These two museums together exemplify DC’s role as a city of national and international institutions, with a rich local history of its own.

Farragut North is on the Red Line.

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A Labyrinth to Enter at Metro Center


I recently achieved my goal of being able to say I have visited every Metrorail station in the DC area’s public transit system. (Every Metro station, that is, until the system opened five new ones on July 26.)

So I have visited 86 Metro stations, and explored the surrounding areas, and in due time I will visit the five stops that recently opened up on the west side of the new Silver Line, for a total of 91 stations.

There are Metro stations that have a half-dozen (or more!) museums within a one-mile radius, and there are Metro stations that have another Metro station located a few blocks away in every direction. At some Metro stations, you can ride the escalator into a neighborhood teeming with nightlife, or fast casual lunch restaurants, or murals, or classrooms, or offices, or some combination of the above. There are others where you are more likely to find boarded-up buildings or massive parking garages. Nevertheless, I set out with optimism that there is something interesting everywhere.

In the middle of it all is Metro Center, the multi-line, multi-entrance station in downtown DC. You cannot go too far from Metro Center and still have Metro Center be the closest station to where you are.

The blocks surrounding Metro Center have never seemed as hip as neighboring Galleryplace, where the busy, noisy, colorful 7th Street has museums and restaurants and bars and the Verizon Center, but there is plenty to see at Metro Center too. I have written before about Ford’s Theatre, which is a museum and a theater, as well as National Museum of Women in the Arts, where I have seen museum theater.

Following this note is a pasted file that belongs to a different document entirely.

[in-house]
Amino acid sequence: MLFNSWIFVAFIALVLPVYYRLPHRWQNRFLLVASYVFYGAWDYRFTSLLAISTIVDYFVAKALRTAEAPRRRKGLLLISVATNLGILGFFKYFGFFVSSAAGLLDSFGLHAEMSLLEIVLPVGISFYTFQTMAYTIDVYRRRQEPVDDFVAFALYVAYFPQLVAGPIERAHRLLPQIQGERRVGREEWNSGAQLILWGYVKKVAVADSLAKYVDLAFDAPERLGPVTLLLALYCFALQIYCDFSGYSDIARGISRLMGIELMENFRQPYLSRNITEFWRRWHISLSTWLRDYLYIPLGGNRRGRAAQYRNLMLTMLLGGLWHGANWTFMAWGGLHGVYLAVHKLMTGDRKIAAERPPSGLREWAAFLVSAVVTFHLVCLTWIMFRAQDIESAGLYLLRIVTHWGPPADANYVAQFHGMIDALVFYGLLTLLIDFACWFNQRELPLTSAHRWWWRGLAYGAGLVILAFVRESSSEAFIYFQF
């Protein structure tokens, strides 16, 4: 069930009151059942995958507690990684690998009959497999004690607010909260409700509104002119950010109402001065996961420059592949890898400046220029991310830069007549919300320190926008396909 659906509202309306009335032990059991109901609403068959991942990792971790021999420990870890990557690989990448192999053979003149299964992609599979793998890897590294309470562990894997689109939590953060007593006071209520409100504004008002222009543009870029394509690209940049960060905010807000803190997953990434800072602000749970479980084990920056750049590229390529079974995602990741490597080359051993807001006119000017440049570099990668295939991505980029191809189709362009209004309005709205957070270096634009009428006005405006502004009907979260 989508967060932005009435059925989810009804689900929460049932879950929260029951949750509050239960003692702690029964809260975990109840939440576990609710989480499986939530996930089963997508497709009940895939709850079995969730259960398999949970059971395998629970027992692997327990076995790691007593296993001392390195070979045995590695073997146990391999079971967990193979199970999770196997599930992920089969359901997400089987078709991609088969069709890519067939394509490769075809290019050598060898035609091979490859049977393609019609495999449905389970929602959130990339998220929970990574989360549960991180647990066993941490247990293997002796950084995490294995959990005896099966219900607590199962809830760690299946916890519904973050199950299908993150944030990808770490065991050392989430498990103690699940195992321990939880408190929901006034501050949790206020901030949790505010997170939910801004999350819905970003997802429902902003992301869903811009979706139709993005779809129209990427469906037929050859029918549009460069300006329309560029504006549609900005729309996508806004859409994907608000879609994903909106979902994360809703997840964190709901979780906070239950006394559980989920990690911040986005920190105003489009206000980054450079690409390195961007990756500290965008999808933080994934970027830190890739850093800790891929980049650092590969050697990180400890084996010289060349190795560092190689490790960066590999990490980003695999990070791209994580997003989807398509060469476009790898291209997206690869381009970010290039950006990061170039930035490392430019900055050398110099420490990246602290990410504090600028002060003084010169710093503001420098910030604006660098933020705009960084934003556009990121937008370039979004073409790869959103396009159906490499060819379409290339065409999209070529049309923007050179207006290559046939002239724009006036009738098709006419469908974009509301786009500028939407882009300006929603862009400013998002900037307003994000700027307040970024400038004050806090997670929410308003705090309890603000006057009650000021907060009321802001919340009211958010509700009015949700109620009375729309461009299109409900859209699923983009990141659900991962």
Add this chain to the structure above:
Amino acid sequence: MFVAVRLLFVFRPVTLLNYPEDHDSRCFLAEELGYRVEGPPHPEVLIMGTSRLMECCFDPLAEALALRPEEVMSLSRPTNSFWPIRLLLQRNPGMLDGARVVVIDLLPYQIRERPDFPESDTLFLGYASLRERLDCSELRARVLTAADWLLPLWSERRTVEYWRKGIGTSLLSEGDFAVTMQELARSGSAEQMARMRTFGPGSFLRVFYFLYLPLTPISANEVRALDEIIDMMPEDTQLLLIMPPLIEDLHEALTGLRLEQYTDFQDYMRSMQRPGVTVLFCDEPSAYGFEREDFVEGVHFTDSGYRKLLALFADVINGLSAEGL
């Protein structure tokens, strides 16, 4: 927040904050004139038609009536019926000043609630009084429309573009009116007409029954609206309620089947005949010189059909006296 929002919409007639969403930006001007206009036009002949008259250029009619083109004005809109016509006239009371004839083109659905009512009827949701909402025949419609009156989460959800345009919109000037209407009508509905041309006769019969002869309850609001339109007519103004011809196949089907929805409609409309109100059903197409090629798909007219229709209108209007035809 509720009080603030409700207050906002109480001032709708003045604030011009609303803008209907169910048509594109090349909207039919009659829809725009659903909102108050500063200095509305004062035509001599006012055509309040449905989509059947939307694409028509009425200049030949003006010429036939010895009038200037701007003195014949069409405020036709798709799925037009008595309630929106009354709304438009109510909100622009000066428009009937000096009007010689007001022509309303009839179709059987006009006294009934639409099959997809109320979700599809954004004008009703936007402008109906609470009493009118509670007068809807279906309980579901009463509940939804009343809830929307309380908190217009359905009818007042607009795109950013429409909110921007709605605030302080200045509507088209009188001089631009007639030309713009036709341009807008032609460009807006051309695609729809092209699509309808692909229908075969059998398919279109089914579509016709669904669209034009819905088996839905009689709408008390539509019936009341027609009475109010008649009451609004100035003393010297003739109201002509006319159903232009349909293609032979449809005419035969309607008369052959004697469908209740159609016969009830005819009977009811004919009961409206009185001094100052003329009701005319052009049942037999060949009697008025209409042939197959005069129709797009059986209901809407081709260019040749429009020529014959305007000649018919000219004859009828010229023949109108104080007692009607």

Labyrinth at Church of the Epiphany

Labyrinth at Church of the Epiphany

Another site worth visiting near Metro Center is the Church of the Epiphany. It is not necessarily a museum, but it does have historical significant. Built in 1844, the Episcopal parish was attended by both Jefferson Davis (regularly; he rented a pew) and Abraham Lincoln (at least once, for a funeral). The building is on the National Register of Historic Places. With its Gothic Revival architecture and stained glass windows, it is also a place of simple artistic beauty.

The reason for my occasional visits is the labyrinth. Labyrinths have been used around the world, through a good chunk of human history, for their healing and meditative effects. They can be found in a variety of places, including houses of worship, hospitals and other health-related sites, parks, and schools. A small number of other Metro stations also have public labyrinths nearby.

A labyrinth is one thing, at least that Metro Center has and Galleryplace (as far as I can tell) doesn’t.

Metro Center is on the Red, Orange, Blue, and Silver lines.